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Driver who fixed laser jammer onto his VW work van to dodge speeding tickets is fined £3,000

Driver who fixed laser jammer onto his VW work van to dodge speeding tickets is fined £3,000 and spared jail

  • Jason Moore was found guilty of perverting the course of justice
  • Jury at Swansea Crown Court did not believe his defence for using laser jammer
  • Moore was sentenced to 32 weeks’ custody, suspended for two years
  • Ordered to pay costs and fines totalling £3,000 and a curfew was imposed


A driver who installed a laser jamming device in his work van to avoid speeding tickets has been spared jail but ordered to pay £3000.  

Jason Moore was found guilty of perverting the course of justice after he fitted a Laser Star jamming device to a VW Transporter van.

A jury at Swansea Crown Court heard a laser speed camera operator couldn’t tell the speed of the vehicle as it raced along the A40 in St Clears, Carmarthenshire, at 12mph over the speed limit. 

James Hartson, prosecuting, told the court that in September 2018, the van was seen being driven at high speed as it approached the speed camera, approaching Camarthen.

When the camera operator tried to measure the vehicle’s speed, an error message showed. The operator had been trained by experts at Road Safety Support to recognise what the message meant and an expert was drafted in. 

Jason Moore was found guilty of perverting the course of justice after he fitted a Laser Star jamming device to a VW Transporter van

Police took the van to investigate the device and found the van was travelling at 72mph in a 60mph zone

Police took the van to investigate the device and found the van was travelling at 72mph in a 60mph zone

Steve Callaghan, Dyfed-Powys Police’s forensic video analyst and laser jammer expert, confirmed that there was a suspect device visible in the video images.

He also spotted the laser jammer flashing light from the grille of the van as the error messages were produced by the laser speedmeter.

Police took the van to investigate the device and found it was travelling at 72mph in a 60mph zone.  

Mr Moore claimed he didn’t know that the Laser Star jamming system was capable of blocking the speed measurement function of a police speedmeter. He said he bought the device because it had a parking sensor function.

David Winstanley, a retired police collision investigator, was hired by Mr Moore as an expert witness who claimed to have sufficient expertise in laser and video systems.

Mr Winstanley insisted the Laser Star was sold as a ‘parking sensor’ and should not be considered as primarily a laser jamming device.

Andy Cox, detective chief superintendent with Lincolnshire Police, tweeted: 'Great work in helping to expose this criminality'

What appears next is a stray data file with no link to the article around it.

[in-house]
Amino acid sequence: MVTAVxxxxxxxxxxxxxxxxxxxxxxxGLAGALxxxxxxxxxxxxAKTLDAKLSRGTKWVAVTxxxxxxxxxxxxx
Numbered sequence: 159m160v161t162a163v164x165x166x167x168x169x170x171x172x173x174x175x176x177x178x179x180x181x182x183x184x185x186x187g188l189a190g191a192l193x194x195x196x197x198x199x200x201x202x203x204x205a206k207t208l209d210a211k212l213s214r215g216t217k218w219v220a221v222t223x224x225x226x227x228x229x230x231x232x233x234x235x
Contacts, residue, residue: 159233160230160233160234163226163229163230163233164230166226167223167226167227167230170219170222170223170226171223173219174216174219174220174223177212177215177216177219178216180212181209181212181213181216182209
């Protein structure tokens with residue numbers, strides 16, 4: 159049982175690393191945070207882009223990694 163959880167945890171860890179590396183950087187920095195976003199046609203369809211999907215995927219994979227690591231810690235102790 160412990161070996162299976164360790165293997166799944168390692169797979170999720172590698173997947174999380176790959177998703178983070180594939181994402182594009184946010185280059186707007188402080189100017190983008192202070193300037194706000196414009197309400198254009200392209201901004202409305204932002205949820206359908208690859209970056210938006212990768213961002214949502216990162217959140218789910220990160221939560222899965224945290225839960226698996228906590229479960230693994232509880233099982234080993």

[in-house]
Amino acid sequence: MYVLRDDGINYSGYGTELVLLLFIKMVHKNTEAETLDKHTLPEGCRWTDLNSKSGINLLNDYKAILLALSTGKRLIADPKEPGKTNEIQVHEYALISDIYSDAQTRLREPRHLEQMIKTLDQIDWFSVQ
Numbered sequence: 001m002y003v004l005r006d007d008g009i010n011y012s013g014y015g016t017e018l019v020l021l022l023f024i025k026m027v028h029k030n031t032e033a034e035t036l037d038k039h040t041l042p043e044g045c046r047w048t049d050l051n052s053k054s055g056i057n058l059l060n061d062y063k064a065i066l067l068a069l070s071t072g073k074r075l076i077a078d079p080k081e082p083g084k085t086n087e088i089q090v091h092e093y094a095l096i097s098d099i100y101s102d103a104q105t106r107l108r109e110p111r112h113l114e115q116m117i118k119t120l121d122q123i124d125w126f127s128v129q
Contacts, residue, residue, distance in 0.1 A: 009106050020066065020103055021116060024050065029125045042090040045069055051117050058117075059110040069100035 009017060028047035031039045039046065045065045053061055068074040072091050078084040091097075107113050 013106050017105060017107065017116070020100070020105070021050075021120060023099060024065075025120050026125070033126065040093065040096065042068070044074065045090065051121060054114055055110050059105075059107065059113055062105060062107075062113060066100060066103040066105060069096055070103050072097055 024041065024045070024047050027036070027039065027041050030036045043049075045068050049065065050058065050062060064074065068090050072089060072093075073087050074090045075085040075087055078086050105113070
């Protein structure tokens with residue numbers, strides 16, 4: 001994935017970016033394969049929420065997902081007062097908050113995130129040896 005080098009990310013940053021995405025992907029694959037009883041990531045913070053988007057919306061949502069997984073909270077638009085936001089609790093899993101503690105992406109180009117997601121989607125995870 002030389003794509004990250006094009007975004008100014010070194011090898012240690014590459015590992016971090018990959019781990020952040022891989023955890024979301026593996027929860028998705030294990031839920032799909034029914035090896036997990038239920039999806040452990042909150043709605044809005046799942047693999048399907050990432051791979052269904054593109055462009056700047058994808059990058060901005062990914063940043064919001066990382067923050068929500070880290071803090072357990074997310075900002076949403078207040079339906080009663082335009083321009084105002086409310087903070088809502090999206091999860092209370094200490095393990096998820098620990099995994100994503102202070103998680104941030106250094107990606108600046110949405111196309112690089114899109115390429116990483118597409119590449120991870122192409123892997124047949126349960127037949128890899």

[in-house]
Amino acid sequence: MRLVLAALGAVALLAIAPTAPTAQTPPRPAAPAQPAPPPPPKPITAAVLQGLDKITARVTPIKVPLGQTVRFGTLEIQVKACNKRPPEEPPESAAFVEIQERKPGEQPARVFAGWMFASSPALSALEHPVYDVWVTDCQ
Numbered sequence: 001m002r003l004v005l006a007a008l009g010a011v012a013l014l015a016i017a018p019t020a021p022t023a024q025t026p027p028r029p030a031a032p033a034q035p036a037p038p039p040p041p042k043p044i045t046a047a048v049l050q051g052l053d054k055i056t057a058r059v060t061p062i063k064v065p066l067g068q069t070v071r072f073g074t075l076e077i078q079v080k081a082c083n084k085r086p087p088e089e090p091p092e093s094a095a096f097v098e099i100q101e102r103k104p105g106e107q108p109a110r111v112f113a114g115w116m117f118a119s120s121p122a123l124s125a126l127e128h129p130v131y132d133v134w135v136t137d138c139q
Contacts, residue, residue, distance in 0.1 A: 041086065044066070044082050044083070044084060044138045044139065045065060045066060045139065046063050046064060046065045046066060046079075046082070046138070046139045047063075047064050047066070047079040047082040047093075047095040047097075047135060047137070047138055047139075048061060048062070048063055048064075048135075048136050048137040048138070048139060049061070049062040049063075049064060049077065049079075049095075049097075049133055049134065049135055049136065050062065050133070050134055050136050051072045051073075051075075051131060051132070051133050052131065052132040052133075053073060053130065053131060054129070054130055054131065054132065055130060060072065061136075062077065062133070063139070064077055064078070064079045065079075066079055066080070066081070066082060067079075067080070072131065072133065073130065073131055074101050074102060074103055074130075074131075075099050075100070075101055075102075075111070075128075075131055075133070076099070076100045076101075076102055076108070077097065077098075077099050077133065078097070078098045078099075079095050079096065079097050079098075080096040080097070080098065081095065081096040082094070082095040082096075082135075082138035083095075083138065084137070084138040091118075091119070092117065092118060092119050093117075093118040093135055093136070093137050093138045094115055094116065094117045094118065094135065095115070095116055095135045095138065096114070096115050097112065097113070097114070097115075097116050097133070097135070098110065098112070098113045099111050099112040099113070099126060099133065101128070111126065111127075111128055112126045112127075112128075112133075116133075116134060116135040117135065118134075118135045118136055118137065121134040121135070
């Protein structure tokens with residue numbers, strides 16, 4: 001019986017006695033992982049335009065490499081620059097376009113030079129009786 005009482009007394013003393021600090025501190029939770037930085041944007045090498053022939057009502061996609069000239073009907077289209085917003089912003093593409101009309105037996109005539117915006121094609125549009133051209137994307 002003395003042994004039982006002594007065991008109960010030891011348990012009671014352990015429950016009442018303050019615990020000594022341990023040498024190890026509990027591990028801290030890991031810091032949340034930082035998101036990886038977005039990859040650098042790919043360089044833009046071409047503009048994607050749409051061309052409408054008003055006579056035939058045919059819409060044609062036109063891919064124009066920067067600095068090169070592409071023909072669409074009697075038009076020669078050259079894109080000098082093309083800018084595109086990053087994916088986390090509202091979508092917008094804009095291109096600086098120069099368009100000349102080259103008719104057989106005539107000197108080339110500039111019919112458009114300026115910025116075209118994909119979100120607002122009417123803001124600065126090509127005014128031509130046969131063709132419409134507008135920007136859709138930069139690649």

Andy Cox, detective chief superintendent with Lincolnshire Police, tweeted: ‘Great work in helping to expose this criminality’

A jury at Swansea Crown Court heard a laser speed camera operator couldn't tell the speed of the car as it raced along the A40 in St Clears, Carmarthenshire

A jury at Swansea Crown Court heard a laser speed camera operator couldn’t tell the speed of the car as it raced along the A40 in St Clears, Carmarthenshire

In response, Mr Callaghan explained that the use of a laser beam to detect parking obstructions was wholly inappropriate and largely useless. 

He explained that, in any case, a parking sensor need not be programmed to jam a laser speedmeter. The Laser Star also has a list of speed cameras in its instructions and marketing that it can jam; not a property of a parking sensor.

Mr Moore also stated in his defence that the security company that he worked for insisted that employees pay for any damage caused to work vehicles. He claimed that he fitted the device to reduce the risk of damage.

Moore was found guilty by a jury and sentenced at Swansea Crown Court on October 18, 2021.

Judge Vosper QC called Moore’s explanations ‘spurious’ and said he ‘wasn’t surprised that the jury rejected his defence’.

Moore was sentenced to 32 weeks’ custody, suspended for two years. He was also ordered to pay costs and fines totalling £3,000 and a curfew was imposed for two months. 

Andy Cox, detective chief superintendent with Lincolnshire Police, tweeted: ‘Great work in helping to expose this criminality. I hope it serves as a deterrence to others seeking to hide road crime. More fundamentally I hope for a change in driving culture to one which recognizes the risk speeding poses to all road users.’ 

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